Soybean [Glycine max (L.) Merr.] breeding: History, improvement, production and future opportunities

Edwin J. Anderson, Md Liakat Ali, William D. Beavis, Pengyin Chen, Tom Elmo Clemente, Brian W. Diers, George L. Graef, Patricio Grassini, David L. Hyten, Leah K. McHale, Randall L. Nelson, Wayne A. Parrott, Gunvant B. Patil, Robert M. Stupar, Kelley J. Tilmon

Research output: Chapter in Book/Report/Conference proceedingChapter

54 Scopus citations


Soybean, Glycine max (L.) Merr., has been grown as a forage and as an important protein and oil crop for thousands of years. Domestication, breeding improvements and enhanced cropping systems have made soybeans the most cultivated and utilized oilseed crop globally. Soybeans provide a high-quality protein source for livestock and aquaculture, oil for industrial uses and a valued component of human diets. Originating in China and Eastern Asia, today 80-85% of the world's soybeans, approximately 88 million ha, are grown in the Western Hemisphere. United States soybean breeding and development efforts for over 80 years have transitioned from primarily universities and United States Department of Agriculture (USDA) programs to private company-led investments in commercial cultivar development. Soybean breeders continuously adapt tools and technologies that encompass classical breeding, mutation breeding and marker-assisted selection, biotechnology and transgenic approaches, gene silencing, and genome editing. In addition to breeding technologies, improved agronomics, precision agriculture and digital agriculture have advanced soybean production and profitability. The primary goals of soybean breeding and cropping systems advances include yield improvement, increased seed protein and oil composition and quality, and yield preservation through weed, pathogen, insect pest and abiotic stress resistance and management. This chapter primarily describes the introduction and improvement of soybeans in the United States. Contributing authors describe classical and molecular breeding, biotechnology, biotic and abiotic stress management, and soybean agronomics and cropping systems improvements that maximize soybean productivity, profitability and sustainability to supply a continually increasing world demand for protein and oil for feed, fuel and food.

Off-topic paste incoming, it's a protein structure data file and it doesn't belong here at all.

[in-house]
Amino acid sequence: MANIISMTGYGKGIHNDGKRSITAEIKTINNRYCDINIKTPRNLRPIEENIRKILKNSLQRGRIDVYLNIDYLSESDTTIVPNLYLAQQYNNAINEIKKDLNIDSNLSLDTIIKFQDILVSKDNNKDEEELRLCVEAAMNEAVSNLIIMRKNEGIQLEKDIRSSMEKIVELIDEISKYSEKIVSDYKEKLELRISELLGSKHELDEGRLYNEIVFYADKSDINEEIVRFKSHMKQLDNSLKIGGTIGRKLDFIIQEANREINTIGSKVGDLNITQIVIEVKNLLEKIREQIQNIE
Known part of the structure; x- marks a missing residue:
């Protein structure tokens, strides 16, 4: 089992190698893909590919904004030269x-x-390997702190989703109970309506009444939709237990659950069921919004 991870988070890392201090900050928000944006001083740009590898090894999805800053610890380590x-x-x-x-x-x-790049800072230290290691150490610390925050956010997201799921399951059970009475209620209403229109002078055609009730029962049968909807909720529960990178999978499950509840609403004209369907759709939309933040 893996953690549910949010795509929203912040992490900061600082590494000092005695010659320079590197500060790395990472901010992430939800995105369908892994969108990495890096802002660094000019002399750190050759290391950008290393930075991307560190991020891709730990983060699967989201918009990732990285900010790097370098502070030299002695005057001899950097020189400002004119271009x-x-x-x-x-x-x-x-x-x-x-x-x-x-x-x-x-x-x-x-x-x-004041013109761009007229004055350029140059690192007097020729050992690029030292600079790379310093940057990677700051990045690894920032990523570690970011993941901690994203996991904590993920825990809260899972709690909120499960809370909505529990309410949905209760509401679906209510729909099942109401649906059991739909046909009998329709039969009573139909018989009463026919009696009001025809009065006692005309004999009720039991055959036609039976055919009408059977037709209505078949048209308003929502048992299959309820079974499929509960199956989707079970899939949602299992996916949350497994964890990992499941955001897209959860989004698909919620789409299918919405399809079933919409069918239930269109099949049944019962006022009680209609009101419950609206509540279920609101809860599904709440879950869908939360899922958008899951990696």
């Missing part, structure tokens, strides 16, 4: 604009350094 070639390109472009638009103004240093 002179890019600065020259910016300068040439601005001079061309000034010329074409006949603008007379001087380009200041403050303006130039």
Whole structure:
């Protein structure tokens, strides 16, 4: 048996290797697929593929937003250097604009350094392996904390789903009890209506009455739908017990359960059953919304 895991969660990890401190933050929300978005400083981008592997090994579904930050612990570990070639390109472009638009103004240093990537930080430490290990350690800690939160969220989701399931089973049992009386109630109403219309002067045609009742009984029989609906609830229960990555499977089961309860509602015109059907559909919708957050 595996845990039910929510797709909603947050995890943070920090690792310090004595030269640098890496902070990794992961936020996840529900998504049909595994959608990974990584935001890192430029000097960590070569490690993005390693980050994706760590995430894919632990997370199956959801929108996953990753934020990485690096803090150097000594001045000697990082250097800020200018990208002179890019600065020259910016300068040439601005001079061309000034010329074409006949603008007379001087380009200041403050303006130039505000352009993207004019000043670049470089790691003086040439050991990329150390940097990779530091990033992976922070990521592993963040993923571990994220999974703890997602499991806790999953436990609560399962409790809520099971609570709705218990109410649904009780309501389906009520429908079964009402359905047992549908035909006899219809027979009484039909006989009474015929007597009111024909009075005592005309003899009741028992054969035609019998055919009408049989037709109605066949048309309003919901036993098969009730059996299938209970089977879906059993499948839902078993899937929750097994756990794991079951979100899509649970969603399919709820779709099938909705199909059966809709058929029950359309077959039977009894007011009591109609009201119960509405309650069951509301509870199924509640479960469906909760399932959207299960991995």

Original languageEnglish (US)
Title of host publicationAdvances in Plant Breeding Strategies
Subtitle of host publicationLegumes
PublisherSpringer International Publishing
Number of pages86
ISBN (Electronic)9783030234003
ISBN (Print)9783030233990
StatePublished - Oct 8 2019
Externally publishedYes


  • Biotechnology
  • Cropping systems
  • Digital agriculture
  • Gene editing
  • Genetic diversity
  • Genomics
  • Mutation
  • Operations research

ASJC Scopus subject areas

  • General Engineering
  • General Agricultural and Biological Sciences


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